A Billion Shades of Grey
We need to stop viewing life in black and white
The headlines keep coming, and the reactions to those headlines keep filling our social media feeds. It seems that the battle lines have been drawn; everybody has an opinion and everybody has a team.
You may not want to hear this, but the likelihood is that you, too, have been sucked into this destructive game of Us vs Them. Of Good vs Bad. Of generalization and caricature; a world that can clearly be delineated in black and white terms.
How do I know you have been caught up in this game? Because we all have, to some degree; because it’s human nature.
And, if we are ever to co-create any form of unity and understanding, it has to be acknowledged that this game is in play. And here’s how it goes:
- If someone is on your team, they are the good guys and gals. Everything they say and do is to be commended and accepted. Why? Because what they say or do “feels good” to you. They are right, and so are you.
- If someone is on the other team, they are the bad guys and gals. Everything they say or do is fake, false, idiotic. Why? Because the opposing team represents opinions and worldviews that make you “feel bad” a lot of the time.
This overly-simplistic view of the world feels comforting to many of us, but it causes several problems. Firstly, it makes us idolize those who champion our views and opinions: we learn to view these people as perfect, infallible and untouchable. In this process, we project all of our personal beliefs and desires onto that public figure; we come to expect them to uphold all that feels good, right, and true for us, as an individual.
Secondly, we begin to demonize those who champion the other point of view. It feels so easy to characterize these individuals in villainous terms; they are wrong, stupid or evil. It gets to the point where you don’t even hear or care what they’re actually saying or doing — if they are on the other team, it feels good to assume that these individuals are always wrong.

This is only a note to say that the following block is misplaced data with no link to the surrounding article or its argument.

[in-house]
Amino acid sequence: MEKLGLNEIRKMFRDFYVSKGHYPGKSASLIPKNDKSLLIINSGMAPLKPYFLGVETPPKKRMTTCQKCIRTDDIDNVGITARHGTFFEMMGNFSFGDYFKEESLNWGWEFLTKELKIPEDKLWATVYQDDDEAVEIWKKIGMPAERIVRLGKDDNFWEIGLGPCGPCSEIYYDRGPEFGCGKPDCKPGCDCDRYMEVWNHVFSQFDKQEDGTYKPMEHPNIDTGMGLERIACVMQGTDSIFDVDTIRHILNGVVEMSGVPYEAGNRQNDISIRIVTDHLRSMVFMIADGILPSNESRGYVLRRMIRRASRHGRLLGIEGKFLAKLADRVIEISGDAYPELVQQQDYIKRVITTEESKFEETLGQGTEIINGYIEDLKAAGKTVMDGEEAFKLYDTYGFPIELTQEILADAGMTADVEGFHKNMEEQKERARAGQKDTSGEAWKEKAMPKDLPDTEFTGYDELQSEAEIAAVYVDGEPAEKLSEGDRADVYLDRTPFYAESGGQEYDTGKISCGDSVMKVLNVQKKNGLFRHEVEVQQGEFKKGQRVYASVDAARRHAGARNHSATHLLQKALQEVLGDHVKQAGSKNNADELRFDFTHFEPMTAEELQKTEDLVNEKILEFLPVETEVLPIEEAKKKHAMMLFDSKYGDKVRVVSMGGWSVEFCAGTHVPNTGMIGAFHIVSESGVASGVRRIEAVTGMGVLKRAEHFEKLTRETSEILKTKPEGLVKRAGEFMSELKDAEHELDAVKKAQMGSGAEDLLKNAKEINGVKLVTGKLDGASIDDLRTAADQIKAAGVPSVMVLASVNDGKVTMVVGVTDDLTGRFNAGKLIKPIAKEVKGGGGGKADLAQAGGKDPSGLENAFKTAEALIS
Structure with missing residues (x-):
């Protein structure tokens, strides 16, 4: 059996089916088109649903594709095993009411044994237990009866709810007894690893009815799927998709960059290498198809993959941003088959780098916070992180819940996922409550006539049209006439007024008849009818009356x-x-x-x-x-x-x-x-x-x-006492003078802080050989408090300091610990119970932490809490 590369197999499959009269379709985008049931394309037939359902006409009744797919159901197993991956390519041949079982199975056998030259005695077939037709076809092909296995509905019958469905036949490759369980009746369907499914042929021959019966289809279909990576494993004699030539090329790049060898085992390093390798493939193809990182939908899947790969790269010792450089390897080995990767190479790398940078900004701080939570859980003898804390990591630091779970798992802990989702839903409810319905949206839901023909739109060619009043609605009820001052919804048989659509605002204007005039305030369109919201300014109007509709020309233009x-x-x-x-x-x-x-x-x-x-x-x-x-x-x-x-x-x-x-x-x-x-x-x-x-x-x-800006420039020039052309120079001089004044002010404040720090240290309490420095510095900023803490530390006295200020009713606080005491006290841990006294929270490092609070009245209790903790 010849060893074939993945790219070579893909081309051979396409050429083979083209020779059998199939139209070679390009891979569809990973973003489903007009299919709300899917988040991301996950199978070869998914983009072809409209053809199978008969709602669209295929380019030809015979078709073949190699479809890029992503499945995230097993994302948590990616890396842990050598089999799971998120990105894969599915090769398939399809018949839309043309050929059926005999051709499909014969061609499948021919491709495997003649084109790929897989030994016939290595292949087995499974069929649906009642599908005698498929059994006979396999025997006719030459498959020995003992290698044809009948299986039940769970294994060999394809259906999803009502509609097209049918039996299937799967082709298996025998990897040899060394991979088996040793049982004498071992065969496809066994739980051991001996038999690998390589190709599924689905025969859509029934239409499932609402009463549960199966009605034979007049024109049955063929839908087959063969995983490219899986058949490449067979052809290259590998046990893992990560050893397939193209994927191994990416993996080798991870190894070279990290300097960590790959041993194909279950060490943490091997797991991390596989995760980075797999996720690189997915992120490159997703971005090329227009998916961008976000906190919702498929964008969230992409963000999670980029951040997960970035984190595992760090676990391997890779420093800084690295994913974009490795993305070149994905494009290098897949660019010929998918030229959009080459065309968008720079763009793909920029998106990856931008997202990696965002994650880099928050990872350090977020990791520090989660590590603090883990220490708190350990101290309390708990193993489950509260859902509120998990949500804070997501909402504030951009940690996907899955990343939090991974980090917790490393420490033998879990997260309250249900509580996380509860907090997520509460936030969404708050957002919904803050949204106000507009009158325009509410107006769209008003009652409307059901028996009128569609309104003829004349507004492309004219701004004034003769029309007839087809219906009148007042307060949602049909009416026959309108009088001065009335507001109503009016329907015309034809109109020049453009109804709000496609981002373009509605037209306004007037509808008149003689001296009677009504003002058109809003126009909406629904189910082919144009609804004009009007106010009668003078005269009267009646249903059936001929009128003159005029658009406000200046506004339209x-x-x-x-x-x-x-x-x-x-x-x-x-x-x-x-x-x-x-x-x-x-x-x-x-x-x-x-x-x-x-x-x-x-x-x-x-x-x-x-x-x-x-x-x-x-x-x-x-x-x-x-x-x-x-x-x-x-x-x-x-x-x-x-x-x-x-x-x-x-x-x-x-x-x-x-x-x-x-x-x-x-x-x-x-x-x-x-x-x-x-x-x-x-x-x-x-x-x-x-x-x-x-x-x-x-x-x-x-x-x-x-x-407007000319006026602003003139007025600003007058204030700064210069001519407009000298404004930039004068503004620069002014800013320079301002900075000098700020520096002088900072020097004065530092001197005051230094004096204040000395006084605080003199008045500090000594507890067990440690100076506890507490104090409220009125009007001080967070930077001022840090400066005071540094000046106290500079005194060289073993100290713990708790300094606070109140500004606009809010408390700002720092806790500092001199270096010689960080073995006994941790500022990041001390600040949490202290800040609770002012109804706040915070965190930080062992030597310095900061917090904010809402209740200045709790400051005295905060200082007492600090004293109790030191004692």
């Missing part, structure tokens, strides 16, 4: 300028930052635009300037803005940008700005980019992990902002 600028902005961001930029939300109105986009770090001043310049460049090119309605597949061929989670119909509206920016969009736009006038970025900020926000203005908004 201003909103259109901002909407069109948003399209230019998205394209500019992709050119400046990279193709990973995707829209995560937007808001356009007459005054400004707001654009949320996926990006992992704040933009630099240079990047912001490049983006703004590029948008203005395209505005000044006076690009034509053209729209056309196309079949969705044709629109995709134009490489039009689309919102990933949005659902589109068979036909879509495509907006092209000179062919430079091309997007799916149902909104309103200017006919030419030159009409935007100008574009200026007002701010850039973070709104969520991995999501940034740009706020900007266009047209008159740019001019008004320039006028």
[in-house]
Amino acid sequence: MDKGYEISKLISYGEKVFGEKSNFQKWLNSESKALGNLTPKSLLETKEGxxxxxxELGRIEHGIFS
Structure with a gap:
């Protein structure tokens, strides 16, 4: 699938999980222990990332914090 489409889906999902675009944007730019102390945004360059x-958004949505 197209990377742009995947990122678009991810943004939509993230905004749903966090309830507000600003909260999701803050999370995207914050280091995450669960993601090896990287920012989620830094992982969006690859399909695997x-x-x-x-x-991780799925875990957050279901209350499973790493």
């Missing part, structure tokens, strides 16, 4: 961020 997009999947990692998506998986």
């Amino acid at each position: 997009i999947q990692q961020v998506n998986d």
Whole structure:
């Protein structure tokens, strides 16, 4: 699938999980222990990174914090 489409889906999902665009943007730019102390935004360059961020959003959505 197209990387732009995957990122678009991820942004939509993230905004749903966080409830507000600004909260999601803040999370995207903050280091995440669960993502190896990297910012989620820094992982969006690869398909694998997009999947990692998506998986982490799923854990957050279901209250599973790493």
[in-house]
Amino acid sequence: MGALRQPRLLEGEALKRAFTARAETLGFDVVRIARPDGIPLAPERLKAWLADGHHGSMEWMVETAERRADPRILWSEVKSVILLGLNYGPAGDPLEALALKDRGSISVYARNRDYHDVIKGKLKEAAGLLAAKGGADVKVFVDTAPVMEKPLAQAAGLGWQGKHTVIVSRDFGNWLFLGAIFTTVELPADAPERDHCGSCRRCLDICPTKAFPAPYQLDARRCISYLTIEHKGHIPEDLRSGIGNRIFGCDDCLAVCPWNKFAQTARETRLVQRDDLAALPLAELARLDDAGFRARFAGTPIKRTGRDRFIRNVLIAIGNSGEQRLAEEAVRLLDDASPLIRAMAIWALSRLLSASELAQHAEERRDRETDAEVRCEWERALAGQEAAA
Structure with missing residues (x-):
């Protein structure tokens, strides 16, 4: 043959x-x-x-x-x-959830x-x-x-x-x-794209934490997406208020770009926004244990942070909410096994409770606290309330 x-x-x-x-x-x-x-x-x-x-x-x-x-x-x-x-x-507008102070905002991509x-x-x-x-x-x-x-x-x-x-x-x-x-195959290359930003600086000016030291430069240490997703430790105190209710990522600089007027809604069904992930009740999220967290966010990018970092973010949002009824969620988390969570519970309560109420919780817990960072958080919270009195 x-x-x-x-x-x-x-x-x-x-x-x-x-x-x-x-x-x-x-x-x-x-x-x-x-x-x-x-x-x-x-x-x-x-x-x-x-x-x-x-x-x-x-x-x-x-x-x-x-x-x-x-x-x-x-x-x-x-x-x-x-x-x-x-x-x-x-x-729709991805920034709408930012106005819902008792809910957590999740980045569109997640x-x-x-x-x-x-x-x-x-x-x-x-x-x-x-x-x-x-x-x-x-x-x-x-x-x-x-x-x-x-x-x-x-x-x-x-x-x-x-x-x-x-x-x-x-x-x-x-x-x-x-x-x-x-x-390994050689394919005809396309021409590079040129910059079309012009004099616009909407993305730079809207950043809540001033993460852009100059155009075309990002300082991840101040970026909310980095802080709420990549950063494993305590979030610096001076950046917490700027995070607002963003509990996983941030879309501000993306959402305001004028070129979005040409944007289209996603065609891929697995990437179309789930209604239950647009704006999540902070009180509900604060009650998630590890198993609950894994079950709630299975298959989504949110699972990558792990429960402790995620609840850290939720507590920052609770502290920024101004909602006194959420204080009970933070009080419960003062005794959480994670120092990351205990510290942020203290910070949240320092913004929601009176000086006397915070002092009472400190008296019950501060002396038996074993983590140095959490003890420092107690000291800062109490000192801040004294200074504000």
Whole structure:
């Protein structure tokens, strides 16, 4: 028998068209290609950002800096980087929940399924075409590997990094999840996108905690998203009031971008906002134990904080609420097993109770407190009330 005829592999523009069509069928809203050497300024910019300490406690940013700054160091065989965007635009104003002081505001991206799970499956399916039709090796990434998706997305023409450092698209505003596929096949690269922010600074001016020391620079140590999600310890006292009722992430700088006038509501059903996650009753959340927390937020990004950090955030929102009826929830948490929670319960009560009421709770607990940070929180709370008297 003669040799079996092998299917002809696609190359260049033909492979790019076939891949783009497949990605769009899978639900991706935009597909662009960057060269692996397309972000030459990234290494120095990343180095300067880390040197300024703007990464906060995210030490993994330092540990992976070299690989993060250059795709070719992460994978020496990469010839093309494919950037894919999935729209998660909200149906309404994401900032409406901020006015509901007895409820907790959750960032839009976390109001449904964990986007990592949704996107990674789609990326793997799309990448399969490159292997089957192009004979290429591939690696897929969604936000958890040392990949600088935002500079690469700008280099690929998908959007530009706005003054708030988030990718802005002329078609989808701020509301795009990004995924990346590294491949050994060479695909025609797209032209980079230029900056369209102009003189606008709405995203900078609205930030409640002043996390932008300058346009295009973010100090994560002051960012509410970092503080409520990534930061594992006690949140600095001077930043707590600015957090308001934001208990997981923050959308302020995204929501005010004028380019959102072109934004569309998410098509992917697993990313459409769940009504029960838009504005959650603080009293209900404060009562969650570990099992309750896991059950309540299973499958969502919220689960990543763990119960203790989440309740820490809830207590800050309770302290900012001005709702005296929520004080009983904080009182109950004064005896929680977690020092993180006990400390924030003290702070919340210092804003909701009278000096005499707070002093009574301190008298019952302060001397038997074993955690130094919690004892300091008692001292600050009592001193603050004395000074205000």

But here’s where things get a little more realistic, and a little more confusing.
What happens if someone on your team, one of the good guys or gals, does something that doesn’t fit your view of the world? Something that doesn’t feel good to you?
What happens when a bastion of the left accepts paid speaking gigs on Wall Street? Or a favorite of the evangelical right engages in sexually-predatory behavior?
(It’s ok. This may make you feel uneasy.)
In this black and white world, we are only left with two options when someone on ‘our team’ displays behavior we don’t agree with:
- In order to maintain their status as an idol, we find a way to ignore or justify the individual’s actions to ourselves, and to others. In our discomfort, we may turn our anger toward the other side to regain a sense of “feeling good” about our own worldview; or
- In order to maintain our sense of righteousness about our team, we begin to distance ourselves from the individual and their behavior. We attack them for not living up to our personal standards; we feel ‘let down’ because they have not lived up to the fantasy of purity we built up around them.
Let’s take things a step further. What happens when someone on the other team says or does something you agree with?
What happens when a liberal leader defends one of your most valued conservative views? Or when a popular conservative expresses agreement with one of your fundamental liberal principles?
Do you recognize it? Are you willing to accept that you share a point of view with someone from the other side? Or are you only able to do so after justifying to yourself all the other ways that individual is wrong?
The fact is, there are seven billion people on this planet. And the vital thing to realize is that not one of them is going to share a worldview that is identical to yours.
It is natural to gravitate toward those who share our general outlook about life, but it is drastically important that we allow those we align with to be multi-dimensional, complicated, fallible and flawed. To be human. And it is equally important that we allow those whom we oppose, to be multi-dimensional, complicated, valid and insightful.
This world, and the people in it, cannot be defined in black and white. And learning to be comfortable in the Discomforting Grey is a vital step in finding common ground, building bridges and inviting in a healthy and necessary discourse. Most importantly, living in the grey helps dissolve the imaginary line that divides Us from Them, and offers us more opportunity to meet somewhere in the blissful middle.
Want to start healing the divide? Here are other articles that may help:
How to activate empathy and be part of the solution.journal.thriveglobal.com
Kim Forrester is an award-winning author, educator and intuitive consultant with over 15 years’ experience as a professional intuitive and spiritual teacher. She combines cutting edge science with traditional spirituality to offer the latest understandings of psi, consciousness and holistic well being.